The question of whether the recent proliferation of human rights fact-finding missions, inquiries, and tribunals has led to a greater accountability for the perpetrators of gross human rights violations was the focus of a dialogue between Richard Goldstone and Radhika Coomaraswamy in the fifth annual Emilio Mignone Lecture on Transitional Justice.

Goldstone is a South African judge and a driving force behind groundbreaking—and sometimes controversial—national and international rights commissions, including the United Nations International Criminal Tribunals for the former Yugoslavia and Rwanda; the U.N. Human Rights Council Fact Finding Mission on the Gaza Conflict; and the “Goldstone Commission,” a seminal investigation into the perpetrators of violence during South Africa’s transition from the Apartheid era to its first democratic elections.

Coomaraswamy is the U.N. under secretary general, special representative for children and armed conflict, a role which sees her advocating for the rights of the most vulnerable, children, during times of greatest hardship, conflict and war. She is the former U.N. special rapporteur on violence against women and the former chairperson of the Sri Lanka Human Rights Commission.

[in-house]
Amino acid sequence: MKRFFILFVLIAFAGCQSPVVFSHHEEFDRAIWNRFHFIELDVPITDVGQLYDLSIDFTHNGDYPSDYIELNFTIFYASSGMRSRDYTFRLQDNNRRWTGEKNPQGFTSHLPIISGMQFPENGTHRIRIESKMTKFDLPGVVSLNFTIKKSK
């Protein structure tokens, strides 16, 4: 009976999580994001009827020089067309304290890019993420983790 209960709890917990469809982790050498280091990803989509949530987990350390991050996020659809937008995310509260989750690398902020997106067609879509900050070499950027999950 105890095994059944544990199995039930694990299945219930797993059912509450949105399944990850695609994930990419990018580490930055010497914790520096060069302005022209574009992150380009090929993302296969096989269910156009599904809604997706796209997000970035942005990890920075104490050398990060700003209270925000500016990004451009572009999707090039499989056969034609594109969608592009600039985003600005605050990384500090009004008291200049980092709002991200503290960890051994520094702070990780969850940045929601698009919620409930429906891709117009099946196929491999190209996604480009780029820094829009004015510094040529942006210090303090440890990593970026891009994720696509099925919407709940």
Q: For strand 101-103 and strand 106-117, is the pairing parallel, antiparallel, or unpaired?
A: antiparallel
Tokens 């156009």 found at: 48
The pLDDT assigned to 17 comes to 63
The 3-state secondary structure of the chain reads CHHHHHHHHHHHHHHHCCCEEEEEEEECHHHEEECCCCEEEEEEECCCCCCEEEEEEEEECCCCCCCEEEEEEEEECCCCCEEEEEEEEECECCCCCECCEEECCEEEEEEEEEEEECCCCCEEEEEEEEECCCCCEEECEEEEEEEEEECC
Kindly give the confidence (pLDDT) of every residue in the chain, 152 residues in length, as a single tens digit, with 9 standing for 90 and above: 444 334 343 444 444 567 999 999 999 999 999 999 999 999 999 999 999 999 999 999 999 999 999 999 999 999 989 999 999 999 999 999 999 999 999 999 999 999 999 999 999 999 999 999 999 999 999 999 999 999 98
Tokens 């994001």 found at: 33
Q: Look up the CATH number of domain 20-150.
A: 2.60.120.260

Moderated by International Center for Transitional Justice President David Tolbert, the discussion drew on the parallels and shared mechanisms between Goldstone’s work in pursuing justice through national and international commissions, and that of Coomaraswamy, which has at times focused on investigations at the grassroots level, in the immediate aftermath of an alleged atrocity.

Watch the full discussion (1 hr 29 min):

Posted November 15, 2010